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MSU earns trip to Division II Elite Eight DAMIAN ATAMENWAN SPORTS EDITOR

Chris Buttermore dunks two of his 15 points against St. Mary. Photo by KASSIE BRUTON

Words could not describe the delight of the Midwestern State basketball team after securing a spot in the NCAA Division II Elite Eight for the third consecutive time. Head Basketball Coach Nelson Haggerty appreciated the Mustangs’ accomplishment as it made his first season as head coach interesting. “It’s huge to me, but it has been about the seniors,” he said. “I am just doing all that I can as a staff so the team is in the best position to win the national championship.” This remarkable achievement was preceded by an impressive regular season as well as impeccable conference and regional tournaments. The Mustangs dominated St. Mary 62-54 in their first regional match with immense contribution from David Terrell, JaMichael Rivers, Thomas Colbert and Chris Buttermore. “A lot of guys have made sacrifices in their individual games for the betterment of the team,” said Haggerty. Terrell paced MSU with 15 points and 11 rebounds while Buttermore followed with 13 points. Colbert and Rivers finished with 12 and 10 points respectively. However, the Rattlers were not completely silent in the fixture. Kevin Kotzur’s 17 points and Lamb Autrey’s 14 points were consolatory but contributive to guests’ total points. Subsequent to the Mustangs triumph over St. Mary, the tournament hosts washed down Washburn University’s hopes with a 72-63 victory. Michael Loyd pulled off a remarkable performance against  the Ichabods by leading Midwestern State with 21 points. Loyd, who has been eager for the Elite Eight, was impressed with the outcome of the regionals. “It’s what we’ve been waiting for and it is definitely something we are ready for,” said Loyd. “I want to play the way I have this season. I want to play the best I can.” Kevin Grayer followed Loyd’s example with 10 points while Thomas Darrick put in nine points.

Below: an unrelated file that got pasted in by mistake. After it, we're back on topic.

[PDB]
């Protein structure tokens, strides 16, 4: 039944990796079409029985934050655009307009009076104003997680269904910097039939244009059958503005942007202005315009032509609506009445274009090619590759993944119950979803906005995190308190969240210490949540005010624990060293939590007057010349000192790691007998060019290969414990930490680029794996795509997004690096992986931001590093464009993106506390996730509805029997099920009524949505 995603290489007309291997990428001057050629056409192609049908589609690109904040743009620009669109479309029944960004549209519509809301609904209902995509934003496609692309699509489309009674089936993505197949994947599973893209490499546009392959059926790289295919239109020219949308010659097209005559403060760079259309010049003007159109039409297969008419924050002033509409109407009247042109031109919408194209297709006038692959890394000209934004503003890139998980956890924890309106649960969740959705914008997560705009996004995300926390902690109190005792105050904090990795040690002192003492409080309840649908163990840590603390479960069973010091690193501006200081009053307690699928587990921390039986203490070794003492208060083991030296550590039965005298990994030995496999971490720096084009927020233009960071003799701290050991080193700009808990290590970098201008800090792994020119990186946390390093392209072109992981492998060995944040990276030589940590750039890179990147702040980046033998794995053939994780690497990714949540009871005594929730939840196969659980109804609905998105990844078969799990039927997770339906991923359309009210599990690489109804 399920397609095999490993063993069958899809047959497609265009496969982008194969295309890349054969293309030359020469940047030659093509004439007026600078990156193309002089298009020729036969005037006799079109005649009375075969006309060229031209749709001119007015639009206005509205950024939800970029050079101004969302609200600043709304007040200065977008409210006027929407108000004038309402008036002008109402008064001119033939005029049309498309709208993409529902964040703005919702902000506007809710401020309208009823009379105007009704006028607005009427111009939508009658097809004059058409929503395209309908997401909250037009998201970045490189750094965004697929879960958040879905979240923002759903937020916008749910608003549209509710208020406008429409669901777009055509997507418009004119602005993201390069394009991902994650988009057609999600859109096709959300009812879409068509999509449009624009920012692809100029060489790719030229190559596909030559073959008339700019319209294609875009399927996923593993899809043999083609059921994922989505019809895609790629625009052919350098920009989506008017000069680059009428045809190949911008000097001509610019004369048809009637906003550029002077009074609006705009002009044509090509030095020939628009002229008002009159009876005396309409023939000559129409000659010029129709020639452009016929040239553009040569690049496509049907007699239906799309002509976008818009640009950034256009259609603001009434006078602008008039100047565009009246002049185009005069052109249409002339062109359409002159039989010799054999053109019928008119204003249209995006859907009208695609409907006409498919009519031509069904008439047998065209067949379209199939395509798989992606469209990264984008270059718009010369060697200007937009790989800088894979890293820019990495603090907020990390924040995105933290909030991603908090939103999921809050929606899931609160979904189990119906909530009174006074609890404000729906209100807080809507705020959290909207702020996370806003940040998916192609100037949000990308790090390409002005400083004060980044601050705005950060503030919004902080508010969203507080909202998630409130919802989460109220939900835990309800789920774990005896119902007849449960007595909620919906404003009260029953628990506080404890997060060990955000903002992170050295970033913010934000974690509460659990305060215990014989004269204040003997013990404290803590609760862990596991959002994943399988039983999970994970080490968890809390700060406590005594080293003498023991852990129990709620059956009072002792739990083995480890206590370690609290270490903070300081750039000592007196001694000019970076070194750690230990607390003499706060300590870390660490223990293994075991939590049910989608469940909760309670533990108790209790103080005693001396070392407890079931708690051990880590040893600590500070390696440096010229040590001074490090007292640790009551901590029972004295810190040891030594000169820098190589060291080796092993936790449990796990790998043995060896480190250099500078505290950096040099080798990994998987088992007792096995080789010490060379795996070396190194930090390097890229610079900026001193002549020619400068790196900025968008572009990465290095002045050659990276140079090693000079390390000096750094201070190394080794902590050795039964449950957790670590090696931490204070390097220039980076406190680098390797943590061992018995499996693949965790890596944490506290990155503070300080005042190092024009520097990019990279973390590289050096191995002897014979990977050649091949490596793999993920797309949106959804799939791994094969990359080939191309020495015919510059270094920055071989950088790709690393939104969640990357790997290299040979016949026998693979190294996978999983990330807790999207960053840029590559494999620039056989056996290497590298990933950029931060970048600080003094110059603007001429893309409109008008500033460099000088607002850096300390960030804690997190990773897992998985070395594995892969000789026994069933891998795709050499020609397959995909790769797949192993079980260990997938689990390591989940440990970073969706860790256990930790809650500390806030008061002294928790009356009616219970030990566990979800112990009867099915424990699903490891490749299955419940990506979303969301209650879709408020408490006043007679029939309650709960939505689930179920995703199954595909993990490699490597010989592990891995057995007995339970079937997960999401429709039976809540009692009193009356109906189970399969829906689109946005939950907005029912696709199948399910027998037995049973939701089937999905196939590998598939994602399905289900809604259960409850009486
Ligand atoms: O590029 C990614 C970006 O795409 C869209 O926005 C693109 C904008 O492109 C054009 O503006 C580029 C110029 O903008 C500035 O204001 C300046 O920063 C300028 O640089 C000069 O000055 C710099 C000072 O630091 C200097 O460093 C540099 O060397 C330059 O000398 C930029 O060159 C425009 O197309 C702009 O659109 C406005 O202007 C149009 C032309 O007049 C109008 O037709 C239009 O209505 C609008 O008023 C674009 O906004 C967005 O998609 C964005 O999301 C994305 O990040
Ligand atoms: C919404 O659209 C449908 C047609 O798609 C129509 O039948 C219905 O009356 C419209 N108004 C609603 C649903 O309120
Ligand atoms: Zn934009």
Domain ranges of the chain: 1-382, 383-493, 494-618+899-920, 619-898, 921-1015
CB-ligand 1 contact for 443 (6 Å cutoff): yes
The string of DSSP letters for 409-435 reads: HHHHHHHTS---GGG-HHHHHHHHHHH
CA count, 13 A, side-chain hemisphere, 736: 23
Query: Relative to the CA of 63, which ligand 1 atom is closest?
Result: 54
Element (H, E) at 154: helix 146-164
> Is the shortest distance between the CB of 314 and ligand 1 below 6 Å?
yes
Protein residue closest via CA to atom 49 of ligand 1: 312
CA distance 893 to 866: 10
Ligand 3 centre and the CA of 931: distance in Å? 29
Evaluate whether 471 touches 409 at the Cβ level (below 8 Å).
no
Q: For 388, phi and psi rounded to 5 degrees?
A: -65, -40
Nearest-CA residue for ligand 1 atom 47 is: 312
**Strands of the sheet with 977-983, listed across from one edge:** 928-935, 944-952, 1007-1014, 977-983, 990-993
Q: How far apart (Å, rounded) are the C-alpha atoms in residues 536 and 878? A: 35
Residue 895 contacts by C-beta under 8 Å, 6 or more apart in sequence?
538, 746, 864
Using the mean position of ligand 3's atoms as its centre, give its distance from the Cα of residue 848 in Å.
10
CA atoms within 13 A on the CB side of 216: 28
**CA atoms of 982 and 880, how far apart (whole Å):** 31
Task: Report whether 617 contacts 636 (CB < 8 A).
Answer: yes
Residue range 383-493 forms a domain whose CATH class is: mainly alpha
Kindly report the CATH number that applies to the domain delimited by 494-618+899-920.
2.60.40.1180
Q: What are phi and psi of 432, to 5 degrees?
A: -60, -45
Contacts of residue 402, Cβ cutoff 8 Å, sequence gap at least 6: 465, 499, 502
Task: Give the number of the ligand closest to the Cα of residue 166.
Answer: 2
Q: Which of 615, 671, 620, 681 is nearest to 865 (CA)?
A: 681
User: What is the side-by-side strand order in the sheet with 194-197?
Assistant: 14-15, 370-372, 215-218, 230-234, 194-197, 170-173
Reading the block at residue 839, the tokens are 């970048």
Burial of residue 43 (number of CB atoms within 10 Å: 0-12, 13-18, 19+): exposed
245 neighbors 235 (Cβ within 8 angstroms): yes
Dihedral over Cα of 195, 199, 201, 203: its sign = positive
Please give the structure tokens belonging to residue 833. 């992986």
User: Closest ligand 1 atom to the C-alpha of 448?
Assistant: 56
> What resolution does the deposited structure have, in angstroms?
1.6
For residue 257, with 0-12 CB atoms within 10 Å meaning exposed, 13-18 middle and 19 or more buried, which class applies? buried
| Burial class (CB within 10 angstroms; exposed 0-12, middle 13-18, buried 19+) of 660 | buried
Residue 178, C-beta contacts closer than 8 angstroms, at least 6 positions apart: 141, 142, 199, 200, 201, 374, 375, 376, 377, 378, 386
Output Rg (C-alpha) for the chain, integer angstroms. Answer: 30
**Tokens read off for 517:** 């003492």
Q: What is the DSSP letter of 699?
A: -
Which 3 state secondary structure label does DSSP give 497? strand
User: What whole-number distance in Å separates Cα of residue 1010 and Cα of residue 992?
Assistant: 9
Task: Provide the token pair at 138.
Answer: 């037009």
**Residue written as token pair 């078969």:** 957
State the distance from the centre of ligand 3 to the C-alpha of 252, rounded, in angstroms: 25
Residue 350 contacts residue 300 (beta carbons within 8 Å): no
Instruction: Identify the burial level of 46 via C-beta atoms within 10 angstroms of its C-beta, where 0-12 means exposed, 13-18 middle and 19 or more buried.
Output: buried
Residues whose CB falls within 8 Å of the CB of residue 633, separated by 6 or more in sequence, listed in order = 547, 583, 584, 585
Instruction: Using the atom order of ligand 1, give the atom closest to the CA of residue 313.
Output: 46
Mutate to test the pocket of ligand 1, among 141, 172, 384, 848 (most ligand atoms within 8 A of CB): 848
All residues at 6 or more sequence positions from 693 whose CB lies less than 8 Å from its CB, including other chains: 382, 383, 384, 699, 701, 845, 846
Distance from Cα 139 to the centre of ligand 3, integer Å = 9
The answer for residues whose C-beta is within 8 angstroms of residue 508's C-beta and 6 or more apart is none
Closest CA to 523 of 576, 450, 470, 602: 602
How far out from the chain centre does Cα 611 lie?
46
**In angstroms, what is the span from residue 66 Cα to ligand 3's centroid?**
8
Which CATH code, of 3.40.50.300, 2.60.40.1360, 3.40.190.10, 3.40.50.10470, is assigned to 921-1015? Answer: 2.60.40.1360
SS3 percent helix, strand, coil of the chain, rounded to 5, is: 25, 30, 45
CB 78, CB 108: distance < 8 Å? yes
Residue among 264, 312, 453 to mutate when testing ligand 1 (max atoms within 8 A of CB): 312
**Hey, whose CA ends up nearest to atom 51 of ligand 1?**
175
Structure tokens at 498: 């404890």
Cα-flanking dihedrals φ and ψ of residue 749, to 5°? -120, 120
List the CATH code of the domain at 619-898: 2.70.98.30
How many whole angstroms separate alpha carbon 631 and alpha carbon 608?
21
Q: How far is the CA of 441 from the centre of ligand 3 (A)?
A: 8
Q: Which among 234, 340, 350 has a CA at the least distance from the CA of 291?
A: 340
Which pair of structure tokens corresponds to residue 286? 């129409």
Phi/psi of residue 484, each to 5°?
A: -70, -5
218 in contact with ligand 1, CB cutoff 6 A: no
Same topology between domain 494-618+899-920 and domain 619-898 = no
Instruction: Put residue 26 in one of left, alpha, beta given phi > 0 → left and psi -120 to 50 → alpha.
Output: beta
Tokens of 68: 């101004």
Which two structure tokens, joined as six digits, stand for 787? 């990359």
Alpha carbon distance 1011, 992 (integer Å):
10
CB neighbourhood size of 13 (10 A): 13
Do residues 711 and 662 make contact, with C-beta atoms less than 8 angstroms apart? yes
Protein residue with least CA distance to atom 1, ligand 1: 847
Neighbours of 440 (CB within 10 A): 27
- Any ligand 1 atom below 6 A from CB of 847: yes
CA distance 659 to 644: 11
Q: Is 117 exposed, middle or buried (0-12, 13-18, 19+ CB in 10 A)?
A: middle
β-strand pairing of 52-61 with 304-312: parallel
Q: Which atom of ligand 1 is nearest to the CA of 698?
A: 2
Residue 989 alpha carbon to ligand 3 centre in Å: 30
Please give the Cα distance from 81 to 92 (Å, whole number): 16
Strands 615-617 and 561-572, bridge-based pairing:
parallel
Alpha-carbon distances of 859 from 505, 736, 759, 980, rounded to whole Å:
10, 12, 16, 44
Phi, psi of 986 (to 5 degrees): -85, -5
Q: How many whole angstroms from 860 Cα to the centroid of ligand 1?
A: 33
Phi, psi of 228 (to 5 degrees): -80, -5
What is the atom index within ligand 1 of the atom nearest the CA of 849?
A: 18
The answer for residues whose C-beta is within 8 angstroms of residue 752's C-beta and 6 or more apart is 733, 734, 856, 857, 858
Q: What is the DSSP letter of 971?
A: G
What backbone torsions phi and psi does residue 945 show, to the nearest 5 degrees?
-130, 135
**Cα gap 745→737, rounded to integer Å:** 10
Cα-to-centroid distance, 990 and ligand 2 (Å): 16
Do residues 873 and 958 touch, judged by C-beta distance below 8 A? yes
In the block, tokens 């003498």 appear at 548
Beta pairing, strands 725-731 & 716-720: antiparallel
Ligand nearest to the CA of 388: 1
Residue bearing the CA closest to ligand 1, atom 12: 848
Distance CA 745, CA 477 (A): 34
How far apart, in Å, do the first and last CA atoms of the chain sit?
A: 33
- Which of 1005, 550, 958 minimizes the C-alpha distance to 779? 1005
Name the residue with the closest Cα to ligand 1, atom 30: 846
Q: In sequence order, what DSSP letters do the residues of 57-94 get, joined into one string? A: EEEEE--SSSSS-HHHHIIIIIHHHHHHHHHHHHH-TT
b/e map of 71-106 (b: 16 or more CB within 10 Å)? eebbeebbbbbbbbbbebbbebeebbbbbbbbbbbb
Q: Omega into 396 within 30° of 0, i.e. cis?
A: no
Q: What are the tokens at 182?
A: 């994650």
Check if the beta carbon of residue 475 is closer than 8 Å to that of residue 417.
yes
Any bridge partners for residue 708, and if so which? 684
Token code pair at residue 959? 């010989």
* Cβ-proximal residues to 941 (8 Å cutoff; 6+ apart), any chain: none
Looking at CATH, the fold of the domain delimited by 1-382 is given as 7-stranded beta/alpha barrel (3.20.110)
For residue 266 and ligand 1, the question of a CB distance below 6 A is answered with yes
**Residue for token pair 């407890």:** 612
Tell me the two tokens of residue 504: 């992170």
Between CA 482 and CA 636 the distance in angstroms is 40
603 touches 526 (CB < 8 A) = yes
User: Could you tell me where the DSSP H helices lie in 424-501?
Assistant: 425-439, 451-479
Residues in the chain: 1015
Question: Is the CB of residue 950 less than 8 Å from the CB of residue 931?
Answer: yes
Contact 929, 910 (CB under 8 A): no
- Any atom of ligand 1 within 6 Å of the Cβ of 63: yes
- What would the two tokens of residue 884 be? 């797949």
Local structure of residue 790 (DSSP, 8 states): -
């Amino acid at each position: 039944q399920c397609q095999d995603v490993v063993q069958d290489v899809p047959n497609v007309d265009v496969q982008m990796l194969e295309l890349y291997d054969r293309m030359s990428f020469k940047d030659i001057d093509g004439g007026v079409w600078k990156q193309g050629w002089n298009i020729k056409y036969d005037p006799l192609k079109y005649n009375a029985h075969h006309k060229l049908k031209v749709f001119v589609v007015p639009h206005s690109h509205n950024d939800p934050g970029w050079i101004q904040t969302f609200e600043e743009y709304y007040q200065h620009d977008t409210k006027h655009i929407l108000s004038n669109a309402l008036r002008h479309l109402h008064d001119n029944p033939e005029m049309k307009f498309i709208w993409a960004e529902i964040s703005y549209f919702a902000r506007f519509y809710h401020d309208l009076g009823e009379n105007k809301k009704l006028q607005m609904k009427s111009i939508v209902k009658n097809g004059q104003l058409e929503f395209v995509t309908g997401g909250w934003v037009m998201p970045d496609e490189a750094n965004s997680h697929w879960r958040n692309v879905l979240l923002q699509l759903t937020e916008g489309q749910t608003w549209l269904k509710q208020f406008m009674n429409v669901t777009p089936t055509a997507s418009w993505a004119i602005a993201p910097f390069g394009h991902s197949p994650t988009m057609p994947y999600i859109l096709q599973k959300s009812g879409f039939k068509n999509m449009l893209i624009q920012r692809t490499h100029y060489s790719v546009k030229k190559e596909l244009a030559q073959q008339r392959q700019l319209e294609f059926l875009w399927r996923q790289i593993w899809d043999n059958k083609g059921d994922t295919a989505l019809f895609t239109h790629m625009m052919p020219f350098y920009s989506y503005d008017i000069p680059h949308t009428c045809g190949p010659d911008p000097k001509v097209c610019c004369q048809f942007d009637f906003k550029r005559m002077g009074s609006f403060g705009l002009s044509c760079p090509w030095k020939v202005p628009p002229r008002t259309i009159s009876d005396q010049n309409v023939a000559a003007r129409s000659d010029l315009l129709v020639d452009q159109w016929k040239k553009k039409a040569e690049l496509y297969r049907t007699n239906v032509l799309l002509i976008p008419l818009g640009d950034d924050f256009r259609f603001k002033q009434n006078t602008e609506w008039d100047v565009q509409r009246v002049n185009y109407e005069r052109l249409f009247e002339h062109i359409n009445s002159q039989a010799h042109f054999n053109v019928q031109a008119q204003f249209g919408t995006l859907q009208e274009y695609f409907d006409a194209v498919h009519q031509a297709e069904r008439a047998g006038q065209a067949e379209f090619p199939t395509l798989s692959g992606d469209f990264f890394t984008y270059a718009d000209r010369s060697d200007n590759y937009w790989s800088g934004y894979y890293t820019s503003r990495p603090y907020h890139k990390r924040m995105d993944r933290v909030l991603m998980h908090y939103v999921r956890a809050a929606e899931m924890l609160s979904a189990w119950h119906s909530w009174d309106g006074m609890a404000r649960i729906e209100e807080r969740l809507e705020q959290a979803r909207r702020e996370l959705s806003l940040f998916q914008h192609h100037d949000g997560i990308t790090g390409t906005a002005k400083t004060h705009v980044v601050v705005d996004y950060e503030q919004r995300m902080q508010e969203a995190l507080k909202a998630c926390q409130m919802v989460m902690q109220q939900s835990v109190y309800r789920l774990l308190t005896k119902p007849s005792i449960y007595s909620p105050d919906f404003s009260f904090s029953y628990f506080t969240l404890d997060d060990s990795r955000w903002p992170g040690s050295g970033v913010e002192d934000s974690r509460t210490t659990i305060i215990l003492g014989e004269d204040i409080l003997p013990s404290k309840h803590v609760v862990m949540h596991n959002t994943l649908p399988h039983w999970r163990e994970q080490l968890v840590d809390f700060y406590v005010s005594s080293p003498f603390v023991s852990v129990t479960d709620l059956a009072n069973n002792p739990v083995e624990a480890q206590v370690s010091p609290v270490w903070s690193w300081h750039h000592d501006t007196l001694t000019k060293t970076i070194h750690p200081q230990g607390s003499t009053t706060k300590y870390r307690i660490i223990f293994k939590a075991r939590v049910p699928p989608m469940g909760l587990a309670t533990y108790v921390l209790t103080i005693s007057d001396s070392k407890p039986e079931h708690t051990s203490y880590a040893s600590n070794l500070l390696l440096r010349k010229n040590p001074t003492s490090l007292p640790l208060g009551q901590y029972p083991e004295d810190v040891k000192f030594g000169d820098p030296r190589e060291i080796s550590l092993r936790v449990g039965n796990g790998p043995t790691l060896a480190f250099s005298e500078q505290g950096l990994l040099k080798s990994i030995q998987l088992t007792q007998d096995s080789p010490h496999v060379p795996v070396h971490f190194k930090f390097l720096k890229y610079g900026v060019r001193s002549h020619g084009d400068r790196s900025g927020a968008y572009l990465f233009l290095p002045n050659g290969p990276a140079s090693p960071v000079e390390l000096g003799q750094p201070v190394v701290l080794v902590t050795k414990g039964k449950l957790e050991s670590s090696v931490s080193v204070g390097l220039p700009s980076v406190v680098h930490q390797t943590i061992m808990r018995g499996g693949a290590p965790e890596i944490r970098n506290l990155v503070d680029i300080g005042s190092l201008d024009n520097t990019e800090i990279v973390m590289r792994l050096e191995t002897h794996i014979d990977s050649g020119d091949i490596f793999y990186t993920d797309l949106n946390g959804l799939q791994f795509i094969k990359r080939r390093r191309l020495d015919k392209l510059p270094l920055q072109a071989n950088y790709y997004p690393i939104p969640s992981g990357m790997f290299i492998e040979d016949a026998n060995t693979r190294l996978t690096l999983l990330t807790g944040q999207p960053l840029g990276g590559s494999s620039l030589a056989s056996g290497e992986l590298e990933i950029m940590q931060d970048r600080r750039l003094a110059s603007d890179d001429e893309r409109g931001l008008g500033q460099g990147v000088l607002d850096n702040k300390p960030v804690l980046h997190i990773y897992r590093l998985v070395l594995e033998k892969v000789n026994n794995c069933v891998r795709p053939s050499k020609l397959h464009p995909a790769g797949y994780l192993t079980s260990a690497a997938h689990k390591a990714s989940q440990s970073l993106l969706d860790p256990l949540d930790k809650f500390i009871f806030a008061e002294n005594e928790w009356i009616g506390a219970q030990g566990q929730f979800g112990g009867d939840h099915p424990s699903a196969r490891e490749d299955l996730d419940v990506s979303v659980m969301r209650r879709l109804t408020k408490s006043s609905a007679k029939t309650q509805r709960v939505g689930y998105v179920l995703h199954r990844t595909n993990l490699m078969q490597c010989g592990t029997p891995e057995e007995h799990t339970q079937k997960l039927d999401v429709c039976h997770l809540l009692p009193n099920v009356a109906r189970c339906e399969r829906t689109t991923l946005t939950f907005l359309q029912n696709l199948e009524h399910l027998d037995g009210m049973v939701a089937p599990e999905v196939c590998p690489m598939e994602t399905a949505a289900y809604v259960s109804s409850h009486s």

Will McNeil, on the other hand, led the contest with 22 points and seven rebounds, while Martin Mitchell scored 10 for the visitors. Their effort, however, was not enough to stop the Mustangs gallop. With yet another victory, the Mustangs improved to 28-3 on the season and advanced to compete with Arkansas Tech in the NCAA Division II South Central Regional Championship. The Mustangs thrashed the Wonder Boys 73-58 to claim their 18th consecutive home victory. The 16-point victory was made possible by the consistency of certain MSU forwards. Loyd, Rivers and Grayer stood out for Midwestern State with 19, 16 and 13 points respectively. Senior guard Keonte’ Logan has been consistent in the Midwestern lineup and scored four points against Arkansas Tech. Logan, who competed in the previous Elite Eight, hopes to make this year different.